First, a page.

The study supported earlier research in which schisandra was shown to reduce coughing and lung inflammation in guinea pigs exposed to cigarette smoke.

High Blood Pressure

In Korean medicine, schisandra is sometimes used to treat cardiovascular symptoms associated with menopause.

Liver Injury

Schisandra contains compounds that alleviate oxidative stress on the liver and improve liver function. Much of this is attributed to flavonoids in schisandra—particularly quercetin and hesperetin—that function as antioxidants, ridding the body of free radicals that cause long-term cell damage. Recent research supported these claims.

Studies have shown that schisandra lowers another type of liver enzyme, known as SGPT, which is a marker of liver damage.

On top of all this, the suppression of nitric oxide inhibits an enzyme known as cyclooxygenase 2 (COX-2). This is the same enzyme that drugs like (celecoxib) target to relieve pain and inflammation, benefiting not only the liver but the entire body.


One of the central benefits of schisandra, according to TCM practitioners, is its ability to increase endurance and mental performance. Recent research suggests that the claims may have some basis in science.

A 2009 review of studies from Sweden reported that schisandra is able to stimulate the adrenal glan and the production of hormones like epinephrine, increasing heart rate, muscle strength, blood pressure, and sugar metabolism.

These physiological changes translate to increased mental alertness, energy, stamina, and feelings of well-being. This, in turn, can enhance libido (sex drive) simply by the fact that you feel stronger and are more energized.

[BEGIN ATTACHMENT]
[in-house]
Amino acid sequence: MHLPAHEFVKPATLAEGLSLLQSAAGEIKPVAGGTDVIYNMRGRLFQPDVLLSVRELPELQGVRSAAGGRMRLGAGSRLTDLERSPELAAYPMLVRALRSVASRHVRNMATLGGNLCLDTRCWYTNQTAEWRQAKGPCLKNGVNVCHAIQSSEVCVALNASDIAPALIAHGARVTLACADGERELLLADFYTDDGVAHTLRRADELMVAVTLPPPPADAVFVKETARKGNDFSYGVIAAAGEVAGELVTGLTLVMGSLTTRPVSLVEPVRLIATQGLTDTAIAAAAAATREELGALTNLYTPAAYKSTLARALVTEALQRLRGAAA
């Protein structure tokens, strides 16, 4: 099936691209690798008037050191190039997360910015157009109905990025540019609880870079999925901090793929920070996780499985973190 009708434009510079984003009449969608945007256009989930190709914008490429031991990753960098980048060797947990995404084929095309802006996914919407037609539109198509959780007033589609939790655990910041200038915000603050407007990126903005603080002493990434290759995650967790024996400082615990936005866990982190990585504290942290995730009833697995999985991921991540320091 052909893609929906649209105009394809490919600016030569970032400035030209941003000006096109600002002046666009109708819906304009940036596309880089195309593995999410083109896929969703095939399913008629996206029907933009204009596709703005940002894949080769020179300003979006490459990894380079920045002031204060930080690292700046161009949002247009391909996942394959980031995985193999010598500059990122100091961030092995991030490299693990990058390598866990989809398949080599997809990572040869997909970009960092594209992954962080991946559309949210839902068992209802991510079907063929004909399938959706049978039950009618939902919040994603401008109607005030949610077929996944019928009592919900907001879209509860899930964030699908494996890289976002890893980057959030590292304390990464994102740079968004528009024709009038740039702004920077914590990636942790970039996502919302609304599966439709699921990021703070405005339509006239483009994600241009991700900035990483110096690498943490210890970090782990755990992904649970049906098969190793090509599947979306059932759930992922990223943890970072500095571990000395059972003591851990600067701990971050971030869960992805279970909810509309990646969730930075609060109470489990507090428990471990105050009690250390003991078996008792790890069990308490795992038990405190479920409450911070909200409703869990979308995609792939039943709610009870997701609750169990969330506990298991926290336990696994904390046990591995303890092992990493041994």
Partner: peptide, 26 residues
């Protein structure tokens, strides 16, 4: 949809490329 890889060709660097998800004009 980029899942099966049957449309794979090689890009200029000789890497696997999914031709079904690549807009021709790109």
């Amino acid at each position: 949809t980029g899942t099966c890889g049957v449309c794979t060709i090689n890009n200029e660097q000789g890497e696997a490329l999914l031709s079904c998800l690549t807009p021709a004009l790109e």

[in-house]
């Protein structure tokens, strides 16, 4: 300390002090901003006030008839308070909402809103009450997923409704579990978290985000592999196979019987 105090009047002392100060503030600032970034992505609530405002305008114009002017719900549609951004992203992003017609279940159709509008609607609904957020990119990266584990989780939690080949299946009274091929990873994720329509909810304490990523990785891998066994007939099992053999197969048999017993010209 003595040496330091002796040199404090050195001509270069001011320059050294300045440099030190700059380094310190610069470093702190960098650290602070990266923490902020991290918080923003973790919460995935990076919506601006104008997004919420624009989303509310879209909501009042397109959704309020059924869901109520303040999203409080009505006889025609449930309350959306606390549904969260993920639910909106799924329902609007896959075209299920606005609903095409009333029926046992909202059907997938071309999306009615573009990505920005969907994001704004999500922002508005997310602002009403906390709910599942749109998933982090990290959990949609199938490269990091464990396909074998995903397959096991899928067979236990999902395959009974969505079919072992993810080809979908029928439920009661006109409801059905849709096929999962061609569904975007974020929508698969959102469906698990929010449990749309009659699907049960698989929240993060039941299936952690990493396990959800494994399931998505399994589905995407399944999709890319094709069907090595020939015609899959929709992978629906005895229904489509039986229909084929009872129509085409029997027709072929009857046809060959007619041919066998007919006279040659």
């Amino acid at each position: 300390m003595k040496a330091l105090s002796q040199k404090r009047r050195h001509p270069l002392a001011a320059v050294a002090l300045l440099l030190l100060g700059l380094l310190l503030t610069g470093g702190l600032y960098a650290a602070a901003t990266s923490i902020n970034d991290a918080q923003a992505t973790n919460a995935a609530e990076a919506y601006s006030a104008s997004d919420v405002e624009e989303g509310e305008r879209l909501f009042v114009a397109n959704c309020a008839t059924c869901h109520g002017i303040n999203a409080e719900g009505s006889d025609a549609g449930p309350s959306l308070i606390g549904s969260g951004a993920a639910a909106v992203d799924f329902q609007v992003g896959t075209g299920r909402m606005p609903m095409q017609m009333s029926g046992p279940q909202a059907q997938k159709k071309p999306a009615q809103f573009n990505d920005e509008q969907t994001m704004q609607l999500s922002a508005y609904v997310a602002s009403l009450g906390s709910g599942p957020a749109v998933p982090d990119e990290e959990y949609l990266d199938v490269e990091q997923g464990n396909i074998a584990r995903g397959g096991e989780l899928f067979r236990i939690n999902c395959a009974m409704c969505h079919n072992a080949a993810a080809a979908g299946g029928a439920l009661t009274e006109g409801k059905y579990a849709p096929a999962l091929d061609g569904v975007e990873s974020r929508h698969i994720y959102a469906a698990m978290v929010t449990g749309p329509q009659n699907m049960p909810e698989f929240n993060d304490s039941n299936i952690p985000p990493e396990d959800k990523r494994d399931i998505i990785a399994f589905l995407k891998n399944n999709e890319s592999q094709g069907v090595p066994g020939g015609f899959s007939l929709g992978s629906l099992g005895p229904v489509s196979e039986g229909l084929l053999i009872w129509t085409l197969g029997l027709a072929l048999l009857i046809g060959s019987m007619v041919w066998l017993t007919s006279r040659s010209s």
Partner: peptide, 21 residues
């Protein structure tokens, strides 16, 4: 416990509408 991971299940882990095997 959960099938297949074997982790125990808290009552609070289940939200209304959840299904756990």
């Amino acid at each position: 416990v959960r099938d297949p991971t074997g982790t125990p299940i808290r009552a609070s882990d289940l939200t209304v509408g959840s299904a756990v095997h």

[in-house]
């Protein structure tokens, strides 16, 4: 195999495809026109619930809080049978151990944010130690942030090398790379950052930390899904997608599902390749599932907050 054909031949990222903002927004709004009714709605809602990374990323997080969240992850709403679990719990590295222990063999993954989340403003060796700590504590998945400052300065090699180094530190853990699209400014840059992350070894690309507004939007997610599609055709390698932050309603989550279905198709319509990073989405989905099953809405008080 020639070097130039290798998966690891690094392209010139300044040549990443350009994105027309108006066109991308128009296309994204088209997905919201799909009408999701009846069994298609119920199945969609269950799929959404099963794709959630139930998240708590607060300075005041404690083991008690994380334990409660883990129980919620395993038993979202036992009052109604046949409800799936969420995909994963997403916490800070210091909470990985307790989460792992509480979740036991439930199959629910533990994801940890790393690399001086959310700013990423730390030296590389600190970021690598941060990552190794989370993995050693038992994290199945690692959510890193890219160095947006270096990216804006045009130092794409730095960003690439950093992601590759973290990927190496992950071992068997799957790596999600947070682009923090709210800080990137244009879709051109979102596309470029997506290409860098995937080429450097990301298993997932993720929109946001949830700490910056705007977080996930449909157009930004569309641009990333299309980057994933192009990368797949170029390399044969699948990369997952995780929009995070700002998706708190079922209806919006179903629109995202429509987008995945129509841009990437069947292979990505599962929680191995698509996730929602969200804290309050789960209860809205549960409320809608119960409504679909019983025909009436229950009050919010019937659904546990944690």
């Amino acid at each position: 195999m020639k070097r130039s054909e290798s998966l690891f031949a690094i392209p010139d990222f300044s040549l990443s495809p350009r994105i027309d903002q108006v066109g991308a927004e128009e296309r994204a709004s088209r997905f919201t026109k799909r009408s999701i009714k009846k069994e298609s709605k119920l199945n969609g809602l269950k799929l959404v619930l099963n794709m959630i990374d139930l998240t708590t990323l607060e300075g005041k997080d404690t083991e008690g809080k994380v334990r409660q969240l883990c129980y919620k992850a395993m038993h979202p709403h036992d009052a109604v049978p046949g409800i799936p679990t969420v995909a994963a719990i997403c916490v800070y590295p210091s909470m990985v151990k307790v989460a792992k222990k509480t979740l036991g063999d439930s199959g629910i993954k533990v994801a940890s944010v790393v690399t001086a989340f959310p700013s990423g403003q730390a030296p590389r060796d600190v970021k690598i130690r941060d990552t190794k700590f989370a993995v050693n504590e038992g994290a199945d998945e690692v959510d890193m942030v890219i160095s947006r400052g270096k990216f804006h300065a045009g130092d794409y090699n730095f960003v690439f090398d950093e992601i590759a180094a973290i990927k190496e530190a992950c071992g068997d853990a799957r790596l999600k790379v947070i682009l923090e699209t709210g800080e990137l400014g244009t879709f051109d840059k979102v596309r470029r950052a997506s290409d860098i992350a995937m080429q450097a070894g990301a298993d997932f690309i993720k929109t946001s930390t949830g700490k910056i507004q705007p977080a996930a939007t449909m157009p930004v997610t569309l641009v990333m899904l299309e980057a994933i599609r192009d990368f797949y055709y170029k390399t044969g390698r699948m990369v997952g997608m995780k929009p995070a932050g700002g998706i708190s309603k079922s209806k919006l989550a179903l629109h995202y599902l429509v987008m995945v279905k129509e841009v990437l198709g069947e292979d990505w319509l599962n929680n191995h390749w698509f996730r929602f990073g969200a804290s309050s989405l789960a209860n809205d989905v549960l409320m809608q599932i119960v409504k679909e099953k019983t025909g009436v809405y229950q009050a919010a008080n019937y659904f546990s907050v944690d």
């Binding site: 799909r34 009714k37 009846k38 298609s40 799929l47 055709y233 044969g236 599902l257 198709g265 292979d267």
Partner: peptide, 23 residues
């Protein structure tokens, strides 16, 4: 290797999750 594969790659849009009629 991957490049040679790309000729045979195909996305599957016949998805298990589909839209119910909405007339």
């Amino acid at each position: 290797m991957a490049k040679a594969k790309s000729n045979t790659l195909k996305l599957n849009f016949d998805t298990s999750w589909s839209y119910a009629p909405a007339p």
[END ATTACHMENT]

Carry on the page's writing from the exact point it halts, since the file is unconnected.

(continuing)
A number of other herbs have been found to possess similar properties, including rhodiola,ginseng, and ashwagandha.

Possible Side Effects

Schisandra berries are safe to consume and have an unusual flavor reminiscent of a red currant crossed with a slightly salty goji berry. The seeds can also be swallowed and are believed to aid in digestion. In some people, schisandra has been known to cause heartburn, upset stomach, decreased appetite, and stomach pain. Itching and skin rashes are uncommon but can occur.

You should not use schisandra if you have uncontrolled gastroesophageal reflux disease (GERD) as it may trigger reflux symptoms. Pregnant women, nursing women, and children should also avoid schisandra given the lack of research into their long-term safety.

Alternative medicines should never be used as a substitute for standard care. Self-treating a medical condition and delaying the standard course of treatment may have serious consequences.

Dosage and Preparation

In the United States, schisandra is most often found in capsule, tablet, extract, or powder formulations. The dried berries can be purchased online and eaten as you would dried goji berries. Schisandra powder, berries, and seeds can all be used to make medicinal tonics and teas. Fresh berries are not readily available.

There are no universal guidelines directing the appropriate use of schisandra remedies. As a rule of thumb, never exceed the dose recommended by the product manufacturer. Most commercial extracts can be safely consumed at doses of between 500 and 2,000 milligrams daily. Schizandra supplements are generally prescribed at a daily dose of 500 to 1,000 milligrams.


Schisandra: Benefits, Side Effects, Dosage, and Interactions (